If you remember the 1980s, you’ll also remember the last great Eastern panic overseas. At that time, Japan was booming — the bubble had yet to burst — and Japanese multinationals were snapping up overseas assets left, right and centre. Sony purchased Columbia Pictures and made itself a Hollywood big shot (though it still hasn’t mastered Spider-Man), Nintendo bought the Seattle Mariners baseball club and had Americans asking how their national pastime fell into the hands of a foreign country. Mitsubishi purchased the Rockefeller Center in Manhattan, just the tip of the iceberg when it comes to Japan’s property purchases of the era. Of course, it all ended poorly and most investors retreated to lick their wounds. Flash forward 30 years, and it’s China’s turn as global raider.
And there it is. The idea that somehow Chinese buyers’ of single apartments or landmark hotels (such as Anbang Insurance Group’s US$2 billion purchase of the Waldorf-Astoria in New York last year) is a harbinger of the end of Western civilisation is hysterical and vaguely xenophobic. The debate now is if the fear is justified or simply racism. But ever since Chinese investment overseas took off in 2009, reaching US$9 billion in 2013, and then rules relaxed to allow more overseas investment by Chinese insurers, the idea that Mainland firms own everything has become entrenched. According to Knight Frank’s 2015 Wealth Report, commercial investments held by private individuals totals US$153 billion. With those numbers, $9 billion doesn’t sound so threatening.
Chinese investors are still relatively new to global investment, and like any private individual, developer or fund, the reasons for investing overseas are safety and security for wealth. China’s flush with cash right now, and it needs someplace to protect that — or earn a good revenue if you’re an insurer. “We believe more Chinese developers will look overseas to support the needs of their local clientele,” said Colliers International’s Terence Tang, managing director of capital markets and investment services, Asia in a statement last year. Outbound investment from China has been increasing at a 50 percent clip per year for the last five, largely based on domestic policy (restrictions, cooling growth, demand to diversify), and that’s unlikely to change.
Initially, inexperienced Mainland investors descended upon well known, recognisable safe spots like London, New York and Sydney — and of course Hong Kong — largely seeking trophy assets. Indeed investors in the so-called first wave sampled key international waters almost exclusively. Nearly 29 percent (US$2.3 billion) of all investment into the US in 2013 was in Manhattan, $1.4 billion went to Sydney and Melbourne, and nearly $3 billion to London according to Knight Frank.
But as knowledge and experience grew, so did ambition. The next step was second tier gateways like San Francisco, some cities in Germany, Miami and Tokyo. “More Chinese investors are set to jump onto the bandwagon simply because they now feel more comfortable about venturing their capital in overseas real estate markets,” said Tang. And policy at home looms large as an influence. “Given the volatile nature of the policy-driven domestic market, Chinese investors see the need to diversify their investment for more stable returns and reduced portfolio volatility by cashing in on various economic cycles,” said Knight Frank’s Chinese Outward Real Estate Investment. According to research by Cushman & Wakefield, China is now the third largest overseas investor in the world.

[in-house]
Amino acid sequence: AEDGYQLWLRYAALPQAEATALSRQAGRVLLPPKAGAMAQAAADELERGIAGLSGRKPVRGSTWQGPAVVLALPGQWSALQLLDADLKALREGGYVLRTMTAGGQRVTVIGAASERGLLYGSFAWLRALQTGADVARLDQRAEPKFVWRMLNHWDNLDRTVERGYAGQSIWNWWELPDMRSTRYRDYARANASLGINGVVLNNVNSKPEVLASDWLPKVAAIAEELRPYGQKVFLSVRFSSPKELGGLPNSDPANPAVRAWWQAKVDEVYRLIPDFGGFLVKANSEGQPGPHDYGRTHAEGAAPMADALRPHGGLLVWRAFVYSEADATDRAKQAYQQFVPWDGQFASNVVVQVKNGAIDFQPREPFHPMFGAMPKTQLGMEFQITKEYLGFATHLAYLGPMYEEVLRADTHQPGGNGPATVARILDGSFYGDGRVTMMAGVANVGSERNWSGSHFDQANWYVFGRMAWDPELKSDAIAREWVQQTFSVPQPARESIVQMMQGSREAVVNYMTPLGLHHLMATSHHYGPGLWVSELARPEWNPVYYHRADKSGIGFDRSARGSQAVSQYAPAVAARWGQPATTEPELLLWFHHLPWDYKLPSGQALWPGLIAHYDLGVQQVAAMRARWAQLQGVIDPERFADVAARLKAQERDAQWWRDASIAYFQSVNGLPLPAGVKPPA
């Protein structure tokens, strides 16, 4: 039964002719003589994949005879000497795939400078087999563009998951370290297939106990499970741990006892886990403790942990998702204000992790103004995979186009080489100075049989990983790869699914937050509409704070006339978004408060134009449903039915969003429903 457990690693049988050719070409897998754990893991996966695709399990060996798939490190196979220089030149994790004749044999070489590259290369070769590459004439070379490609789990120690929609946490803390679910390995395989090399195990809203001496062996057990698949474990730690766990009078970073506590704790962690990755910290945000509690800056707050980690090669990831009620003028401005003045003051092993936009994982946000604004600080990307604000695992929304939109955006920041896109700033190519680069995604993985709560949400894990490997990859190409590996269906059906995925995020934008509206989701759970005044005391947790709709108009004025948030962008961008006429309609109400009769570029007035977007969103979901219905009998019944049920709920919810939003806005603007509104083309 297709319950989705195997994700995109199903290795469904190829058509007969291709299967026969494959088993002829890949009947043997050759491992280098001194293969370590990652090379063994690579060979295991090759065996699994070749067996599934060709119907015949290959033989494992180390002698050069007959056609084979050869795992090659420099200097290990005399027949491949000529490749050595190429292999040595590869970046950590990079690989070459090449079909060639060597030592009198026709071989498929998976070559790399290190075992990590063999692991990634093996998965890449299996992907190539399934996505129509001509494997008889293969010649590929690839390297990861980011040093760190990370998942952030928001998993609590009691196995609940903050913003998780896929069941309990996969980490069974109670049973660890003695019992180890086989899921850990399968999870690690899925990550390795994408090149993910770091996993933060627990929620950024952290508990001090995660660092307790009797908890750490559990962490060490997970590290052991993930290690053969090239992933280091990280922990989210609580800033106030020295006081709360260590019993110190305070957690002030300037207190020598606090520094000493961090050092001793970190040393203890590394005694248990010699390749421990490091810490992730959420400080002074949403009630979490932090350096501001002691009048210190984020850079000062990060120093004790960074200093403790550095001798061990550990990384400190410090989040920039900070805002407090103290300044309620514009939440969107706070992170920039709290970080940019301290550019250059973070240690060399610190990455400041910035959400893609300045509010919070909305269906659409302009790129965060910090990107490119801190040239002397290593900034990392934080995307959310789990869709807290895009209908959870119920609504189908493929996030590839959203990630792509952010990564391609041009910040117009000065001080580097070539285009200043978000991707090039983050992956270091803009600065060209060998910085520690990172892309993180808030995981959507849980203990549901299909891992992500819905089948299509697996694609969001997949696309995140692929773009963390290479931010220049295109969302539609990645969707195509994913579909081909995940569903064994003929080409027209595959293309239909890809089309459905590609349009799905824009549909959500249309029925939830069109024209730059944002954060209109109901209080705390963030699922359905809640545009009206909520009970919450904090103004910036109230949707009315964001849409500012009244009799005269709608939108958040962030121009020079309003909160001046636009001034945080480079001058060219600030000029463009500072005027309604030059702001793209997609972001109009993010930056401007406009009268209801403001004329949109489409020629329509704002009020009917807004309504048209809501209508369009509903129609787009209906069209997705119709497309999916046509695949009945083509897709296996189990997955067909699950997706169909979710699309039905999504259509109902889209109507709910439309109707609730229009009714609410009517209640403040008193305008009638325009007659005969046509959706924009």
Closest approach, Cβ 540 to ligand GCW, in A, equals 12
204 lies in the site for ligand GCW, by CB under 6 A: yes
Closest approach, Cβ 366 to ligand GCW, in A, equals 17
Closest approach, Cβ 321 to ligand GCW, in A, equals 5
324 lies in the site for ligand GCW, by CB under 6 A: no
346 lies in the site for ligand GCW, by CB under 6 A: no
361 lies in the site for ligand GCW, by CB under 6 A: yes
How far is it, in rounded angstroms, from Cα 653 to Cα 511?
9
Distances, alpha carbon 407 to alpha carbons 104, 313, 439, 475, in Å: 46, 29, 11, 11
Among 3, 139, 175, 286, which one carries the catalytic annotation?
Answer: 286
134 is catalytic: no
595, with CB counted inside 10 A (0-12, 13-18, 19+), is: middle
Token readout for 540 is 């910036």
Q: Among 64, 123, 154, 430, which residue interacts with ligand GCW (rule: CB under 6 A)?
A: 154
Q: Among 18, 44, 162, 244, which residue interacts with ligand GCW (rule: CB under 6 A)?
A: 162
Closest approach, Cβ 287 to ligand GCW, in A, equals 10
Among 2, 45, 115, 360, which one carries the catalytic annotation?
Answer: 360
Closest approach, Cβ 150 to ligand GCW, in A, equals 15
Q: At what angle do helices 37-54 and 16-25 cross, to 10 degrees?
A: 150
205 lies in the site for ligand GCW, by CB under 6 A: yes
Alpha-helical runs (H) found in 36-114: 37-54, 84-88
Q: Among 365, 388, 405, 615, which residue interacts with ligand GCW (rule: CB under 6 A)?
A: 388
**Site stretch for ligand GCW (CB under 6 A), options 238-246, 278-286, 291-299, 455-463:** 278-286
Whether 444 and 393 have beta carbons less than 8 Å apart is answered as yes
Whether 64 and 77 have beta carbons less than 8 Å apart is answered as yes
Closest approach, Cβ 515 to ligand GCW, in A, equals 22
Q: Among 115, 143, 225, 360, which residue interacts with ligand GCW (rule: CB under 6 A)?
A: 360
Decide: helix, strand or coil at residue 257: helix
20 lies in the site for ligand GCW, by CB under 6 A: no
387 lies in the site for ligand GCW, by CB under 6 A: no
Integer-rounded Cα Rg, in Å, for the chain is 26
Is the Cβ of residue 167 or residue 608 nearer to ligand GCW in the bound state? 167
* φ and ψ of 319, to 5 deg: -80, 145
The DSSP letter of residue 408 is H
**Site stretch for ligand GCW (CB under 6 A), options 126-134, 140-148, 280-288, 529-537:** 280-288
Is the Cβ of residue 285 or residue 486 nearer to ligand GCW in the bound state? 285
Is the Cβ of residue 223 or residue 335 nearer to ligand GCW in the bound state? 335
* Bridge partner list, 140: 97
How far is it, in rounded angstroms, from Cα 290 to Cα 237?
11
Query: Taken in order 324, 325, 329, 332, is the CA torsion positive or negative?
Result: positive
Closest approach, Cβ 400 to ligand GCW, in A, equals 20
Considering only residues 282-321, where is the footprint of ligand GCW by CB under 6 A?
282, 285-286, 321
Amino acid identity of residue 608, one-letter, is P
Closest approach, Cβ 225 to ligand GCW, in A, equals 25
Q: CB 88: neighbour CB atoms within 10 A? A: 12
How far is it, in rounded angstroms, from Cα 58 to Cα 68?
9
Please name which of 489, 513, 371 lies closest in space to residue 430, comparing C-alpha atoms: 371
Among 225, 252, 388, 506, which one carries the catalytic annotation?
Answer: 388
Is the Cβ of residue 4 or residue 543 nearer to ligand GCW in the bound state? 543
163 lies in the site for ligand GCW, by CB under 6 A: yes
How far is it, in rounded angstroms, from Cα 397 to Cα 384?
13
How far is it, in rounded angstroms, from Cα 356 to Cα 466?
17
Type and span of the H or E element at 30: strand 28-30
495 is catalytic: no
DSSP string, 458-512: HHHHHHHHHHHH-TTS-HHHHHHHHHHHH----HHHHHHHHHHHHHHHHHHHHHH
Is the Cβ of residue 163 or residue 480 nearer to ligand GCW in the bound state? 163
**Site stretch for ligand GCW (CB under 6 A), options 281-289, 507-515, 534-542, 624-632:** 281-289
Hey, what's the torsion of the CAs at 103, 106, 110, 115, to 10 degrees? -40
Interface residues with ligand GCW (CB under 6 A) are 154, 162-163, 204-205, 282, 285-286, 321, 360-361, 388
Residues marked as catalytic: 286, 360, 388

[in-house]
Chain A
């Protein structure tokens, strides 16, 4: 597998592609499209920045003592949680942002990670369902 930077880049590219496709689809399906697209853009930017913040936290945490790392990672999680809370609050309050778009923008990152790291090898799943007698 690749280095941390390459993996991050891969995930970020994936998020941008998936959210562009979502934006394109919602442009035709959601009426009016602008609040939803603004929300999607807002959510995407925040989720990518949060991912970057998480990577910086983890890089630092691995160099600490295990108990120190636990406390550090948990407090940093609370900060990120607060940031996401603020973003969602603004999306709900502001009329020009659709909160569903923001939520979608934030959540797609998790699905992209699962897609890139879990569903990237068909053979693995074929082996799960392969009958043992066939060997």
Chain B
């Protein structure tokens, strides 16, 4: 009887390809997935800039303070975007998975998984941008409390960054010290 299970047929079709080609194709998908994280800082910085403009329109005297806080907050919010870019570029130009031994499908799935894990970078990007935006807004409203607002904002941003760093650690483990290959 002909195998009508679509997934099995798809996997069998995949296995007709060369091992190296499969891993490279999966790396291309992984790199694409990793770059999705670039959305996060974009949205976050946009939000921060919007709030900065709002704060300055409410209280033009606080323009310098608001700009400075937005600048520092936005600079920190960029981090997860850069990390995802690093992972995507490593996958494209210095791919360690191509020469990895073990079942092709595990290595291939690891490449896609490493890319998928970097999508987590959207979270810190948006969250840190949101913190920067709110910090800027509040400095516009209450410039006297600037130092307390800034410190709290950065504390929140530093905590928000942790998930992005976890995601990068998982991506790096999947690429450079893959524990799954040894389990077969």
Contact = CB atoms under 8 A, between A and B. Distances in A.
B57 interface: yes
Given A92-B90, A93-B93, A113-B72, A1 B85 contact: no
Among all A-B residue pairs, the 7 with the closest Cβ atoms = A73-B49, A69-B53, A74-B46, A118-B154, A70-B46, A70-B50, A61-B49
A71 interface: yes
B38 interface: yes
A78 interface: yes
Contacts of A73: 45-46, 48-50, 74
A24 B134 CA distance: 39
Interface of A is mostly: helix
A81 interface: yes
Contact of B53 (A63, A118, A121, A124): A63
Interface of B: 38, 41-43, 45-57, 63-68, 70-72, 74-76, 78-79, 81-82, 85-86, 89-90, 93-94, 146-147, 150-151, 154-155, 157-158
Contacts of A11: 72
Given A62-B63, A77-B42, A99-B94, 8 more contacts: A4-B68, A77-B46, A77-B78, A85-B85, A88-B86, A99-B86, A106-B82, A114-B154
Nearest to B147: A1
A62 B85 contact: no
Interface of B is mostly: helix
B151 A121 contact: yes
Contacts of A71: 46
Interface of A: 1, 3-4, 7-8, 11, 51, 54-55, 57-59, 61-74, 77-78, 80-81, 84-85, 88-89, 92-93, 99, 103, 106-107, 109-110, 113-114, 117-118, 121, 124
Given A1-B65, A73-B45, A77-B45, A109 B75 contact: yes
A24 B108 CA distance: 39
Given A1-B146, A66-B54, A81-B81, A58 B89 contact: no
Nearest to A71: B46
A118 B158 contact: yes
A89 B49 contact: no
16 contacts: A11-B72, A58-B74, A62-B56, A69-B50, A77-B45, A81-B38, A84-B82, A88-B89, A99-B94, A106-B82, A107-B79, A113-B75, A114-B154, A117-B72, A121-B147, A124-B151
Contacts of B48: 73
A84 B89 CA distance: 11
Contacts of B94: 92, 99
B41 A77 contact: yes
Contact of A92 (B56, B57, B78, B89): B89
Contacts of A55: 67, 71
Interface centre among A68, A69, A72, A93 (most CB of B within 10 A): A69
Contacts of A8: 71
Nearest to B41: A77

Widening the Net
For 2015, capital is likely to flow to more experimental locations like Seoul, Chicago, Vancouver, Seattle, Houston and Boston, a clear sign China’s days as a resources and infrastructure based investor in emerging markets are past it. Cushman & Wakefield points out the United States remains the number one destination for Chinese capital, followed by the UK, Hong Kong, Singapore, Australia, Malaysia, Japan and BRIC brother Brazil. But cash isn’t a guarantee of smooth sailing. C&W’s China’s Outbound Boom noted, “Investors face an array of challenges in the form of government controls on capital flows; talent shortages; differences in corporate and management cultures; and unfamiliarity with foreign legal and regulatory environments, including sometimes-daunting tax laws.”
Nonetheless, the Mainland is a major real estate mover and shaker now. State-owned developer Greenland Holdings Group has its fingers in projects in the US, the UK and Australia among others, including the massive Greenland Center redevelopment in Sydney, Metropolis in Los Angeles, a newly announced Toronto project, and the controversial Pacific Park — formerly Atlantic Yards — in Brooklyn. Other developers looking at international markets are the country’s largest residential player China Vanke, Fosun International and Dalian Wanda.
Which brings up the spectre of resistance. How this is going to affect office workers and apartment dwellers remains to be seen. But it will. Critics warn of public assets and eminent domain land being controlled (as in the case in Pacific Park) by Beijing and residential development designed to appeal to Chinese buyers rather than locals or to blend in with existing zoning. (Years ago accusations of neocolonialism were bandied about when China increased its investment footprint in resource-rich Africa.) For now, however, analysts see the outbound boom as an issue of internationalisation for the PRC and have few worries. Hong Kong’s retail sector can attest it’s a new day in China after all. Cushman & Wakefield: “We anticipate that rising outbound capital flows over the coming years will have major implications for investors and property markets around the world.”